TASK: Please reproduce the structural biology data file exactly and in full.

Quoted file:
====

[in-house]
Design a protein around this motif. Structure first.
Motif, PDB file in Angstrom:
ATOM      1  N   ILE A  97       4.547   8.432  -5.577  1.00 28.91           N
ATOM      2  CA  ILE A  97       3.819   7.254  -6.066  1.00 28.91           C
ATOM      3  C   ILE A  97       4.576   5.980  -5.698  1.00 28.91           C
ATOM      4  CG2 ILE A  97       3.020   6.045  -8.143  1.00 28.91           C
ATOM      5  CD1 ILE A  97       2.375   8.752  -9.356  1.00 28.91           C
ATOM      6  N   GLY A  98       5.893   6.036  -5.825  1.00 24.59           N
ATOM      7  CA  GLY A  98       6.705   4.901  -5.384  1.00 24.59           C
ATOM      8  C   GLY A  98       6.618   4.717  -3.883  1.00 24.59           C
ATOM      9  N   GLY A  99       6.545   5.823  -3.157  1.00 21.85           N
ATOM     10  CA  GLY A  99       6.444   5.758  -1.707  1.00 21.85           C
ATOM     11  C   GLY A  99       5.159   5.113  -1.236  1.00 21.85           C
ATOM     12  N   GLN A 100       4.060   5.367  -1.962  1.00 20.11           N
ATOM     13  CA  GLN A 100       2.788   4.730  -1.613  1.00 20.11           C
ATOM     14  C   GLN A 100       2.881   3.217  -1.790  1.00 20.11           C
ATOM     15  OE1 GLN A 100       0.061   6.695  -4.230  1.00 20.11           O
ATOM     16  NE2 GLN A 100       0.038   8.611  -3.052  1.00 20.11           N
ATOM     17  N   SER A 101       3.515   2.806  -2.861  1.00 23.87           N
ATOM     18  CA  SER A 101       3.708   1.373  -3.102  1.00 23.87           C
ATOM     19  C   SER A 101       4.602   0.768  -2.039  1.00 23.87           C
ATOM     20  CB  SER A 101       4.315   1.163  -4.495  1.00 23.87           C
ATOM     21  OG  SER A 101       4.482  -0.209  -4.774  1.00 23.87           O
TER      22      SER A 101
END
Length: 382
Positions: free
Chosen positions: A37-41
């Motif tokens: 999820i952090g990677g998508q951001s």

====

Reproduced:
[in-house]
Design a protein around this motif. Structure first.
Motif, PDB file in Angstrom:
ATOM      1  N   ILE A  97       4.547   8.432  -5.577  1.00 28.91           N
ATOM      2  CA  ILE A  97       3.819   7.254  -6.066  1.00 28.91           C
ATOM      3  C   ILE A  97       4.576   5.980  -5.698  1.00 28.91           C
ATOM      4  CG2 ILE A  97       3.020   6.045  -8.143  1.00 28.91           C
ATOM      5  CD1 ILE A  97       2.375   8.752  -9.356  1.00 28.91           C
ATOM      6  N   GLY A  98       5.893   6.036  -5.825  1.00 24.59           N
ATOM      7  CA  GLY A  98       6.705   4.901  -5.384  1.00 24.59           C
ATOM      8  C   GLY A  98       6.618   4.717  -3.883  1.00 24.59           C
ATOM      9  N   GLY A  99       6.545   5.823  -3.157  1.00 21.85           N
ATOM     10  CA  GLY A  99       6.444   5.758  -1.707  1.00 21.85           C
ATOM     11  C   GLY A  99       5.159   5.113  -1.236  1.00 21.85           C
ATOM     12  N   GLN A 100       4.060   5.367  -1.962  1.00 20.11           N
ATOM     13  CA  GLN A 100       2.788   4.730  -1.613  1.00 20.11           C
ATOM     14  C   GLN A 100       2.881   3.217  -1.790  1.00 20.11           C
ATOM     15  OE1 GLN A 100       0.061   6.695  -4.230  1.00 20.11           O
ATOM     16  NE2 GLN A 100       0.038   8.611  -3.052  1.00 20.11           N
ATOM     17  N   SER A 101       3.515   2.806  -2.861  1.00 23.87           N
ATOM     18  CA  SER A 101       3.708   1.373  -3.102  1.00 23.87           C
ATOM     19  C   SER A 101       4.602   0.768  -2.039  1.00 23.87           C
ATOM     20  CB  SER A 101       4.315   1.163  -4.495  1.00 23.87           C
ATOM     21  OG  SER A 101       4.482  -0.209  -4.774  1.00 23.87           O
TER      22      SER A 101
END
Length: 382
Positions: free
Chosen positions: A37-41
């Motif tokens: 999820i952090g990677g998508q951001s």